Automated identification of incident reports

Automated identification of incident reports

Centre for health informatics

Research stream

Patient Safety Informatics

A diagram showing automated incident reports

Project members

Associate Professor Farah Magrabi - Associate Professor

Dr Ying Wang - Research Fellow

Former Project members

Dr Mei-Sing Ong - Honorary Research Fellow

Dr Mi Ok Kim - PostDoctoral Research Fellow

Project contact

Associate Professor Farah Magrabi
T: +612 9850 2429

Project main description

Ten percent of admissions to Australian acute-care hospitals are associated with harm to patients or adverse events. The reporting of critical incidents by health professionals is now well established and the rate of reporting continues to increase worldwide. Current methods, which rely on retrospective manual review of incident reports, do not permit timely detection of safety problems and can no longer keep up with this growing volume of data. In New South Wales alone, more than 137,000 patient-safety incidents were reported in 2011.

We are evaluating text classification methods to capture incident reports automatically by type and risk rating. The goal is to track ten types of patient-safety problems nationally working in collaboration with St Vincent’s Hospital, Sydney and the NSW Clinical Excellence Commission. Working with the Australian Commission on Safety and Quality in Health Care we have shown that text classifiers based on well-evaluated machine-learning techniques such as Naïve Bayes and Support Vector Machines can be effective in automatically identifying incidents in two priority areas – clinical handover and patient identification. More recently we have shown the feasibility of using machine learning to identify IT incidents.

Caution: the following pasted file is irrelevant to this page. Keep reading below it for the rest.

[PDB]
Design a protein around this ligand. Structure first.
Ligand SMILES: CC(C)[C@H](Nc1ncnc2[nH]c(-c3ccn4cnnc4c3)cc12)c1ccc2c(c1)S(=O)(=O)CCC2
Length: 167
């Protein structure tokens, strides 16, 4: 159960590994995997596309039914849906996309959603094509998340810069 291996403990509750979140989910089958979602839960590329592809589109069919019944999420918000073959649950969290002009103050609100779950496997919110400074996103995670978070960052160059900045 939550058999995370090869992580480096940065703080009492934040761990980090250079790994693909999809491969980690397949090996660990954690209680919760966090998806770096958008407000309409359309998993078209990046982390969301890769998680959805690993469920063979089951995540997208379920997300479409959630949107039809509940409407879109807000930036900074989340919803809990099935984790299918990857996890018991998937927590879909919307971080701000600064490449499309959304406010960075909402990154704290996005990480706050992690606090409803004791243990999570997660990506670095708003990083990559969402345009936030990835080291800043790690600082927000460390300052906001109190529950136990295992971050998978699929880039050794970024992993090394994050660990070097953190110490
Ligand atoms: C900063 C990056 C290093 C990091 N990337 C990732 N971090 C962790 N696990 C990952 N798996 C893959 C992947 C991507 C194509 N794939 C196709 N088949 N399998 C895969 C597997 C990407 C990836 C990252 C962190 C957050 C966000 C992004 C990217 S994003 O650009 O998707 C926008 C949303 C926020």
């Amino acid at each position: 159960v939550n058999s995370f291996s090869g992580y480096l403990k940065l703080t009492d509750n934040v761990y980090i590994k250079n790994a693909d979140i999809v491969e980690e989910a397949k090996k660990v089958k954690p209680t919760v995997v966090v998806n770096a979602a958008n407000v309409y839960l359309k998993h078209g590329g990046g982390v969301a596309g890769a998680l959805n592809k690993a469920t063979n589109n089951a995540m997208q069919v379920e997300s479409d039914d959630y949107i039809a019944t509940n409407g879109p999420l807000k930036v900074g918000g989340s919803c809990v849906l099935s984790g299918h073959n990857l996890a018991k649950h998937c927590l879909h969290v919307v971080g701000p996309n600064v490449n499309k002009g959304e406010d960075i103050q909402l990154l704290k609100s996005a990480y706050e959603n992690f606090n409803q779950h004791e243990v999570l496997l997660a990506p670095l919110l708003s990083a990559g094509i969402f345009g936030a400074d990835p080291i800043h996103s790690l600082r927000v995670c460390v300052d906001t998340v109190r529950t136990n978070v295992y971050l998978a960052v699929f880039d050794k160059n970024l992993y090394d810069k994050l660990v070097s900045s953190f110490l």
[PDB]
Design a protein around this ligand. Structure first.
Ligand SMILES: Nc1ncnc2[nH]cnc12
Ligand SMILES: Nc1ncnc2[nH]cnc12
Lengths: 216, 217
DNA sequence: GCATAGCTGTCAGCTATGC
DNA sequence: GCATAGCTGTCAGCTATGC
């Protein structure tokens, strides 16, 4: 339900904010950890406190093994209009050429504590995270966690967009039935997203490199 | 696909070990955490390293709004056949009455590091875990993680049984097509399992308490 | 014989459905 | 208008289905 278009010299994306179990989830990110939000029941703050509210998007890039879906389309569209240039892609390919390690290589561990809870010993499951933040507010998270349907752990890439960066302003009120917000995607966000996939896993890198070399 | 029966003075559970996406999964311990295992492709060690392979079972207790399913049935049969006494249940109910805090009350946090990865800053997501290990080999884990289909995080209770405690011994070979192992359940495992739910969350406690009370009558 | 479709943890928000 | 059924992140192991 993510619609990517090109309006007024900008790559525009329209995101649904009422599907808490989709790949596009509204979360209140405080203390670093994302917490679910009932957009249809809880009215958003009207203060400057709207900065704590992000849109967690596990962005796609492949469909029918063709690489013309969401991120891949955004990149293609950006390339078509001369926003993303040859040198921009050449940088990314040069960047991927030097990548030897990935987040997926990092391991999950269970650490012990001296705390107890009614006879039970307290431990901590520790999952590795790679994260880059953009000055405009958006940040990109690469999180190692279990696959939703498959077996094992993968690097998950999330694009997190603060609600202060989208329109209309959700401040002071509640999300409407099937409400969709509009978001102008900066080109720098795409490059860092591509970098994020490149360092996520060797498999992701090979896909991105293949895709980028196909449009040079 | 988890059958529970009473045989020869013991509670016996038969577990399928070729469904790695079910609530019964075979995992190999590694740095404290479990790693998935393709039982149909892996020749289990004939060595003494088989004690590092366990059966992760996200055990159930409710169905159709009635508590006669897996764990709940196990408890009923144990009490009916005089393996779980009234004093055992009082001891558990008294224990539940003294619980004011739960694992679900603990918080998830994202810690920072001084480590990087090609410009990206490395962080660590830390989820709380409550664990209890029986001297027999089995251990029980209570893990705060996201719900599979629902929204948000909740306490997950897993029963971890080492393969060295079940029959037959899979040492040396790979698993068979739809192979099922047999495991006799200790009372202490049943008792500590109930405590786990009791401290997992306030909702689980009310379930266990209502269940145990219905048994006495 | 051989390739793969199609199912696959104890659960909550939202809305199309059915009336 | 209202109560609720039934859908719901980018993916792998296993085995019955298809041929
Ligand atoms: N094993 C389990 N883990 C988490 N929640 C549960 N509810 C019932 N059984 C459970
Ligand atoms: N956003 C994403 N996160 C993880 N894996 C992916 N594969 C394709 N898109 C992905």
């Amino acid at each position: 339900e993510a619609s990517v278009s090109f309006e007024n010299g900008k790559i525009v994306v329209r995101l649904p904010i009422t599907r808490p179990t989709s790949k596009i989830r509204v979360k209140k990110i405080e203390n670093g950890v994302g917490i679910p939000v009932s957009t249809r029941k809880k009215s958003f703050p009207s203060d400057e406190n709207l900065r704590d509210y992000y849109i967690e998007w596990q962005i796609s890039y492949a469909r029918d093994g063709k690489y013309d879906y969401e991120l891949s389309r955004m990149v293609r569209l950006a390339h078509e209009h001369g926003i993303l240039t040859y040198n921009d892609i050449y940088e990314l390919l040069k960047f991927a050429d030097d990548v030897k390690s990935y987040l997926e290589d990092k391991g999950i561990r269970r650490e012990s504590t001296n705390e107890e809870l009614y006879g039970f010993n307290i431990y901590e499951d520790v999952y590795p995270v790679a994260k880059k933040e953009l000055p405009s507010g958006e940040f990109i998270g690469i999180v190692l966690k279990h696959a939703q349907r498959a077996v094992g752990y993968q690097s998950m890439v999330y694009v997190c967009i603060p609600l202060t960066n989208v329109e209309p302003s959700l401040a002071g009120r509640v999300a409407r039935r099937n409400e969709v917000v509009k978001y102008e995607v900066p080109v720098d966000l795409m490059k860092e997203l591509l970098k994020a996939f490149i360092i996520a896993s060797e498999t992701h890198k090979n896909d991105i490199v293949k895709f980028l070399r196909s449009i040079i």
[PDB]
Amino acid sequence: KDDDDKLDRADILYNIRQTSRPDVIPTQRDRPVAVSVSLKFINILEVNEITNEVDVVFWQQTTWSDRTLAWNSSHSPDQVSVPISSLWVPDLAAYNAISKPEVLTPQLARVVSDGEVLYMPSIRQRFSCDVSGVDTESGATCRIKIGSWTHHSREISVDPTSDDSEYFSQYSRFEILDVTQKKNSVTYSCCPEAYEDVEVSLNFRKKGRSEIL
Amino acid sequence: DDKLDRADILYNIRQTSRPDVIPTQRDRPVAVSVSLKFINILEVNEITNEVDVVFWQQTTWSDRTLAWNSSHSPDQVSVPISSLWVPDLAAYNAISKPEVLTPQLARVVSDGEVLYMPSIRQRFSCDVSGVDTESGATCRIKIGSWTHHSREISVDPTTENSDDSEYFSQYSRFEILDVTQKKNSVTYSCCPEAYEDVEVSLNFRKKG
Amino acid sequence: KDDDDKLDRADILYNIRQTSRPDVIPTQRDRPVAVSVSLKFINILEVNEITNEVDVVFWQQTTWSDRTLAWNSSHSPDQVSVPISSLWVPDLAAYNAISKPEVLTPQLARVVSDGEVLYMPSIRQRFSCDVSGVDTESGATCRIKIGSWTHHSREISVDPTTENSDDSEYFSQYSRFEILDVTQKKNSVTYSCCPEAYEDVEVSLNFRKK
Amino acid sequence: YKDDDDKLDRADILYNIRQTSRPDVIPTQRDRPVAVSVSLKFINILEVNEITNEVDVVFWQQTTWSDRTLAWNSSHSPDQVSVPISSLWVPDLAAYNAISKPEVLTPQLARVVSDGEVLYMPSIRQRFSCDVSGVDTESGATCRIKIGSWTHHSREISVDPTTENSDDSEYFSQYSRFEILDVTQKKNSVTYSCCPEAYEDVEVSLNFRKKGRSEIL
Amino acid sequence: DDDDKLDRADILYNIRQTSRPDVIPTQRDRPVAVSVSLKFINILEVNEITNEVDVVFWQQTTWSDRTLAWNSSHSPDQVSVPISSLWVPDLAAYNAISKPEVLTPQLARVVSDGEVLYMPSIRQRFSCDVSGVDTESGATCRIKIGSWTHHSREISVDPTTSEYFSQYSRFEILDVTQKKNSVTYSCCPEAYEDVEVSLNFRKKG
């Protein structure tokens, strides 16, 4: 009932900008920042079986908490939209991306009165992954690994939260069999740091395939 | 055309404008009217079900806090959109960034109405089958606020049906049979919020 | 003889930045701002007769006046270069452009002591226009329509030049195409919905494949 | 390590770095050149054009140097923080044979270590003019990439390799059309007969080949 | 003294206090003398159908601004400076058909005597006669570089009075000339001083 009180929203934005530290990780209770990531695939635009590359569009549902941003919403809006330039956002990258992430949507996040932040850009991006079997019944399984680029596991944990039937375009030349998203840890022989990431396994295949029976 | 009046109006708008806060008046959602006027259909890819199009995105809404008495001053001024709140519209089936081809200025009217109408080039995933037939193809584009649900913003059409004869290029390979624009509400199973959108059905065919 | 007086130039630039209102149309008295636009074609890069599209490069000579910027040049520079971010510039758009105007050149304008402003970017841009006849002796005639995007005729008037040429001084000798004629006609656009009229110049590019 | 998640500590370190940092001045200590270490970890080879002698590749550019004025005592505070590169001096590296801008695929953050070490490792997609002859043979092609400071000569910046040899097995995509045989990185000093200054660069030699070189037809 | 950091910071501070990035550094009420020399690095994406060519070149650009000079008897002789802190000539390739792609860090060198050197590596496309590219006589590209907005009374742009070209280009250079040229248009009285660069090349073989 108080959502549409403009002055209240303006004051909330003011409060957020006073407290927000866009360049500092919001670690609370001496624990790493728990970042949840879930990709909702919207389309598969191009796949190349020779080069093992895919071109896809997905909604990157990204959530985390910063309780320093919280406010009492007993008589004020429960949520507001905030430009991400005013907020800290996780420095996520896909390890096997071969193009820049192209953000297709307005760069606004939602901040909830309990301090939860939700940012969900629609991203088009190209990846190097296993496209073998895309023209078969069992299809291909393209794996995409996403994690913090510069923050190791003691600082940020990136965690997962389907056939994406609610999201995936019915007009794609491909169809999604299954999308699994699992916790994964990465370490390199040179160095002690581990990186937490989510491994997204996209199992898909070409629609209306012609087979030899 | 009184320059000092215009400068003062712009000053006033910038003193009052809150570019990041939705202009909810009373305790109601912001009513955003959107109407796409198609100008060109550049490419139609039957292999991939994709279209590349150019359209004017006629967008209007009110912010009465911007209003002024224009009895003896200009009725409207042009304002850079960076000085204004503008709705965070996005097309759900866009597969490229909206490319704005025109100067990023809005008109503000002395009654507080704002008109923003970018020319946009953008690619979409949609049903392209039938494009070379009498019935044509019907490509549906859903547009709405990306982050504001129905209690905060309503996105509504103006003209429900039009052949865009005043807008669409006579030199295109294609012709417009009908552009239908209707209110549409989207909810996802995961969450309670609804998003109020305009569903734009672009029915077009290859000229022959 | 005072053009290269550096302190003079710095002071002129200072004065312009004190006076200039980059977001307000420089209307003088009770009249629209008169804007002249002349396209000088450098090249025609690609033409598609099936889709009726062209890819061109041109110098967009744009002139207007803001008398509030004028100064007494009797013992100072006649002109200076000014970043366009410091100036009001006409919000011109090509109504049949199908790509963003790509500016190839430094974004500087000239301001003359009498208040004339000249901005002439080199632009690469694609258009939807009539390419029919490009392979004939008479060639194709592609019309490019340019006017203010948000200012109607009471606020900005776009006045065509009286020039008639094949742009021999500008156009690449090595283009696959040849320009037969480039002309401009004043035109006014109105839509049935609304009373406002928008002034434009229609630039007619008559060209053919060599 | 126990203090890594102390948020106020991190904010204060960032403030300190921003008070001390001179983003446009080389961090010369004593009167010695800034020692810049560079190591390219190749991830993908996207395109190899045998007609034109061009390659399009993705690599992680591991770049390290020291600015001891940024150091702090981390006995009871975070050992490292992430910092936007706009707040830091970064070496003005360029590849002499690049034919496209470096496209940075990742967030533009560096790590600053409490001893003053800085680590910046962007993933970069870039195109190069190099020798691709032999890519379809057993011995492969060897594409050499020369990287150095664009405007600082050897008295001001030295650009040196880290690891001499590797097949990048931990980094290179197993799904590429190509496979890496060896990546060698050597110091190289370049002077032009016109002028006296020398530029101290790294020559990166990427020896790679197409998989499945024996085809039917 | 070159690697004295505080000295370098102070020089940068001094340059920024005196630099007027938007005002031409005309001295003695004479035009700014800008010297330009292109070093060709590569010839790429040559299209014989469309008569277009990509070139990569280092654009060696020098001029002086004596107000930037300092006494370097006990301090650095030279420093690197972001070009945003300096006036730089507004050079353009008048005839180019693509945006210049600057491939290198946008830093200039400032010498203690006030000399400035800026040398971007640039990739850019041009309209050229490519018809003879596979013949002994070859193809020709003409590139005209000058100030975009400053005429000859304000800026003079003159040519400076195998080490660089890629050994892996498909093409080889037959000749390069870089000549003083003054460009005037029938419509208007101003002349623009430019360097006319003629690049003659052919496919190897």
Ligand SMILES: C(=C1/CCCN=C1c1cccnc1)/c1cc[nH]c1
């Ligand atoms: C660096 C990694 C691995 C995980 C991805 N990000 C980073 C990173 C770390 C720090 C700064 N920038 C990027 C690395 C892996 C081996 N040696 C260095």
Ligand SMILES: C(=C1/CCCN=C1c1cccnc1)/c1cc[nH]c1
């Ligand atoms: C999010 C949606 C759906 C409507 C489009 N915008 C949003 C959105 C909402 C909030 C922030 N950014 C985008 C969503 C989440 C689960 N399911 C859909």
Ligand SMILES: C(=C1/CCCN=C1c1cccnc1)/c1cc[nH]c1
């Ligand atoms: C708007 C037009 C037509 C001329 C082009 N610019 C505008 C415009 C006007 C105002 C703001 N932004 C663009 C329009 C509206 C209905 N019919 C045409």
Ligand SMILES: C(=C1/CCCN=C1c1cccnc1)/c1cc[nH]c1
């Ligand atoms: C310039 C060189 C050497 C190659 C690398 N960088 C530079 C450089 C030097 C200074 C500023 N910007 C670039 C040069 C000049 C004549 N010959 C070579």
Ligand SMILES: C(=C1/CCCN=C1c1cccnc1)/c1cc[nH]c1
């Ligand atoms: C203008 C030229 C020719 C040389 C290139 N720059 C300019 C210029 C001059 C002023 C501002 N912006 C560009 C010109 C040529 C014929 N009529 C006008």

1. Chai KE, Anthony S, Coiera E, Magrabi F. Using statistical text classification to identify health information technology incidents. J Am Med Inform Assoc. 2013;20(5):980-5.
  2. Ong MS, Magrabi F, Coiera E. Automated identification of extreme-risk events in clinical incident reports. J Am Med Inform Assoc. 2012;19(1e):e110-8.
  3. Ong MS, Magrabi F, Coiera E. Automated categorisation of clinical incident reports using statistical text classification. Qual Saf Health Care. 2010;19(6):e55.

Project sponsors

NHMRC Project APP1022964

Collaborative partners

Related projects

Project status


Centres related to this project

Centre for Health Informatics

Content owner: Australian Institute of Health Innovation Last updated: 22 Jun 2020 1:05pm

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